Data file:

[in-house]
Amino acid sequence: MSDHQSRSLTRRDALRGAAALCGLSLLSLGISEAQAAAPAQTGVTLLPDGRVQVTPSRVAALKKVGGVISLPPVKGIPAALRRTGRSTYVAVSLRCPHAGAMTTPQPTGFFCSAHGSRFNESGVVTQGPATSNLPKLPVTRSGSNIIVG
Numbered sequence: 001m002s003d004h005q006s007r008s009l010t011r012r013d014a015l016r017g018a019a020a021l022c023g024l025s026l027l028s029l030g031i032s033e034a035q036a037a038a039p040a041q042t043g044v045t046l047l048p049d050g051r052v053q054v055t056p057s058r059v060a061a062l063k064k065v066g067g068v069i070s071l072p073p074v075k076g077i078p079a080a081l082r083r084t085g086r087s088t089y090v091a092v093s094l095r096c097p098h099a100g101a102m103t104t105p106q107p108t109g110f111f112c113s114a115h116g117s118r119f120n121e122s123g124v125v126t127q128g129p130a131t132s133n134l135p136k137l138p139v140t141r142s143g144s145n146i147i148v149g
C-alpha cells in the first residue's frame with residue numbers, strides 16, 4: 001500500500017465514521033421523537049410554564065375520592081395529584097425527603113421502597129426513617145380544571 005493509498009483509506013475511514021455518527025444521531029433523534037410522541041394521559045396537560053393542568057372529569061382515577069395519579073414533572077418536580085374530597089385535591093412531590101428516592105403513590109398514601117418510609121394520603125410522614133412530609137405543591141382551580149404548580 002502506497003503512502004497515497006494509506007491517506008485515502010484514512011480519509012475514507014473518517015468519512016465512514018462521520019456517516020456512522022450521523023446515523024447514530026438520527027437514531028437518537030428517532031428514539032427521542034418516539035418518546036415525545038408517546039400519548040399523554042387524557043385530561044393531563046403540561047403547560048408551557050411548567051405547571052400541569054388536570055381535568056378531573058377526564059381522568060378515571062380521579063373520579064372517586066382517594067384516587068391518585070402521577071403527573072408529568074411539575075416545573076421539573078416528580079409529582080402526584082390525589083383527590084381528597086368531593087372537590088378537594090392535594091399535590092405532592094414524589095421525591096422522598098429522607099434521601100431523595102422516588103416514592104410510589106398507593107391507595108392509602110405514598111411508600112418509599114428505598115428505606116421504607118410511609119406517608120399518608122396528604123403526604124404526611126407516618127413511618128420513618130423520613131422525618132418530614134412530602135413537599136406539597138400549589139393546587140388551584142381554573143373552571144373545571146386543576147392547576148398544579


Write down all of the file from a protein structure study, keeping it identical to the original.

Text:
[in-house]
Amino acid sequence: MSDHQSRSLTRRDALRGAAALCGLSLLSLGISEAQAAAPAQTGVTLLPDGRVQVTPSRVAALKKVGGVISLPPVKGIPAALRRTGRSTYVAVSLRCPHAGAMTTPQPTGFFCSAHGSRFNESGVVTQGPATSNLPKLPVTRSGSNIIVG
Numbered sequence: 001m002s003d004h005q006s007r008s009l010t011r012r013d014a015l016r017g018a019a020a021l022c023g024l025s026l027l028s029l030g031i032s033e034a035q036a037a038a039p040a041q042t043g044v045t046l047l048p049d050g051r052v053q054v055t056p057s058r059v060a061a062l063k064k065v066g067g068v069i070s071l072p073p074v075k076g077i078p079a080a081l082r083r084t085g086r087s088t089y090v091a092v093s094l095r096c097p098h099a100g101a102m103t104t105p106q107p108t109g110f111f112c113s114a115h116g117s118r119f120n121e122s123g124v125v126t127q128g129p130a131t132s133n134l135p136k137l138p139v140t141r142s143g144s145n146i147i148v149g
C-alpha cells in the first residue's frame with residue numbers, strides 16, 4: 001500500500017465514521033421523537049410554564065375520592081395529584097425527603113421502597129426513617145380544571 005493509498009483509506013475511514021455518527025444521531029433523534037410522541041394521559045396537560053393542568057372529569061382515577069395519579073414533572077418536580085374530597089385535591093412531590101428516592105403513590109398514601117418510609121394520603125410522614133412530609137405543591141382551580149404548580 002502506497003503512502004497515497006494509506007491517506008485515502010484514512011480519509012475514507014473518517015468519512016465512514018462521520019456517516020456512522022450521523023446515523024447514530026438520527027437514531028437518537030428517532031428514539032427521542034418516539035418518546036415525545038408517546039400519548040399523554042387524557043385530561044393531563046403540561047403547560048408551557050411548567051405547571052400541569054388536570055381535568056378531573058377526564059381522568060378515571062380521579063373520579064372517586066382517594067384516587068391518585070402521577071403527573072408529568074411539575075416545573076421539573078416528580079409529582080402526584082390525589083383527590084381528597086368531593087372537590088378537594090392535594091399535590092405532592094414524589095421525591096422522598098429522607099434521601100431523595102422516588103416514592104410510589106398507593107391507595108392509602110405514598111411508600112418509599114428505598115428505606116421504607118410511609119406517608120399518608122396528604123403526604124404526611126407516618127413511618128420513618130423520613131422525618132418530614134412530602135413537599136406539597138400549589139393546587140388551584142381554573143373552571144373545571146386543576147392547576148398544579